More than one hundred students and instructors gathered on Tuesday at Democracy Prep Middle School in Harlem to discuss the acquittal of George Zimmerman in the death of Trayvon Martin.
After watching footage of the Florida jury verdict, as well as protests around the country and statements from the Martin family, the students were given time to share their thoughts about the case.
For many, Trayvon Martin’s death left them feeling disillusioned about the U.S. justice system.
“This made me feel like America doesn’t have value for African-American lives,” said Yacine Fall, a ninth grader. “If they really cared, they would have sent him [Zimmerman] away.”
Fall said she now fears for her own safety. “Trayvon Martin was just a regular person going to the store and coming back home,” she said. “I go to the store all the time. That could happen to me.”
Keanan Gibson, also a ninth grader, didn’t feel as affected by the case.
“I’m not really into politics so I didn’t really feel anything from it,” Gibson said, adding he was surprised by the not-guilty verdict.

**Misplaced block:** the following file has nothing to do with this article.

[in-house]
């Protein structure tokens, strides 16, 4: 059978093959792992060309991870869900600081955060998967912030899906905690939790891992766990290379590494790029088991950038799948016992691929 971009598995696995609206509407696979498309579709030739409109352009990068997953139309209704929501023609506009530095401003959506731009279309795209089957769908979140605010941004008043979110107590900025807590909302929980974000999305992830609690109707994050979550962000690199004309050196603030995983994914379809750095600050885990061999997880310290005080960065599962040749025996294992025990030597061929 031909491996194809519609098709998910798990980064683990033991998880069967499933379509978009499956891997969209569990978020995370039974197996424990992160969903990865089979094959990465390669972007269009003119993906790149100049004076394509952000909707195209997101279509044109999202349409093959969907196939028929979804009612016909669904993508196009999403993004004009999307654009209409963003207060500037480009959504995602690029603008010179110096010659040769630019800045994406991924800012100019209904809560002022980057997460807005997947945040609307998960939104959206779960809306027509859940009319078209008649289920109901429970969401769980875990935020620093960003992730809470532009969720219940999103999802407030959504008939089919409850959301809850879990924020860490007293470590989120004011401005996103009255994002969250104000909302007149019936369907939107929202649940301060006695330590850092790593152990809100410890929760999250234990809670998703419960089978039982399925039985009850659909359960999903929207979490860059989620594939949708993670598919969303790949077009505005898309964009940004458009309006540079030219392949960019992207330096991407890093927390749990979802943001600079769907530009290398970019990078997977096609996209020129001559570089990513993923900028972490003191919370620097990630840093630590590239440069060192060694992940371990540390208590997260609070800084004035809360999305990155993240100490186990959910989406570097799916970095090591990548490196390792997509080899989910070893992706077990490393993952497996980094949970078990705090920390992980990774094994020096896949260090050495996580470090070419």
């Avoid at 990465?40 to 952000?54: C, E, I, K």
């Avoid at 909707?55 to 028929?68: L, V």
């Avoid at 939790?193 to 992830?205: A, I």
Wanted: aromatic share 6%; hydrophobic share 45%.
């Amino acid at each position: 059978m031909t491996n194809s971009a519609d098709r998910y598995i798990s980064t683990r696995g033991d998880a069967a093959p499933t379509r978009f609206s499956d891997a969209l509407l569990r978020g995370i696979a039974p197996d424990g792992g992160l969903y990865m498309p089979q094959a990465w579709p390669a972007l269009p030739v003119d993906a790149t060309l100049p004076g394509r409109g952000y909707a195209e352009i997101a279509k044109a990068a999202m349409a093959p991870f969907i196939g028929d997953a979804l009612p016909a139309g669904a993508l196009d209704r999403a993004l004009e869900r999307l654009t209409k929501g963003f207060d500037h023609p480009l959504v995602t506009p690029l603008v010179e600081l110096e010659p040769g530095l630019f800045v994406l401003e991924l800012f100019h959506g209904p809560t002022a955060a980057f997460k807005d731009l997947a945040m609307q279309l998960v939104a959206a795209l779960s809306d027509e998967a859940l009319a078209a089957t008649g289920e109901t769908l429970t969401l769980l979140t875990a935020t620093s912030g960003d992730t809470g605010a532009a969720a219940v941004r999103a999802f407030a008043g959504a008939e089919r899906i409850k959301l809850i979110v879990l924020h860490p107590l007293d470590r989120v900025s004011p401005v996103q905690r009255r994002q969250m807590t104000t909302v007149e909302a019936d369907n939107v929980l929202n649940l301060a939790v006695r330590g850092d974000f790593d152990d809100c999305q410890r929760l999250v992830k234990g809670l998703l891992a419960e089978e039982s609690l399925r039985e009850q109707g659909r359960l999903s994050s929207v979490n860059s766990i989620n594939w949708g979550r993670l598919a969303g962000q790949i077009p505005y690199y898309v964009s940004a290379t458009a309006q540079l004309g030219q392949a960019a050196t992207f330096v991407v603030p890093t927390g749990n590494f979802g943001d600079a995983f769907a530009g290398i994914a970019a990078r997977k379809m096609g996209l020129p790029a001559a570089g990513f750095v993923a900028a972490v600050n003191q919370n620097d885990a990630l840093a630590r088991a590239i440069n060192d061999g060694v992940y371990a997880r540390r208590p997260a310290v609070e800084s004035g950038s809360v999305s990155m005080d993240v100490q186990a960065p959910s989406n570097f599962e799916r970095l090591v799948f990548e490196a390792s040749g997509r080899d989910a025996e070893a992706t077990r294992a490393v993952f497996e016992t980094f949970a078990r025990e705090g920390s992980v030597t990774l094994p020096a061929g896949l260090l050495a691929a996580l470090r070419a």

“It was pretty much unjust. He killed a child. There’s no way you can be not guilty of that,” Gibson said.
Anwar Abdul-Rahman, principal of Democracy Prep, said the purpose of holding a school-wide discussion was to help students develop their opinions on the case.
“I want them to come up with their own opinions. My job is just to present the facts,” Abdul-Rahman said.
Abdul-Rahman said that he hopes that his students will look at the various facts about the case and make informed decisions about current events.
“As they get older, I want them to understand that at some point, you have to make your voice heard,” Abdul Rahman said.
The conversations were not limited to the classroom. WNYC's Kathleen Horan spoke with young people in Coney Island who had plenty to say about the verdict's implications. Take a listen above or click here.
For more information on how to talk about Trayvon Martin with children, click here. And for a broader conversation about the verdict's ripple effects, check out some of the hundred-plus comments on The Brian Lehrer Show segment here.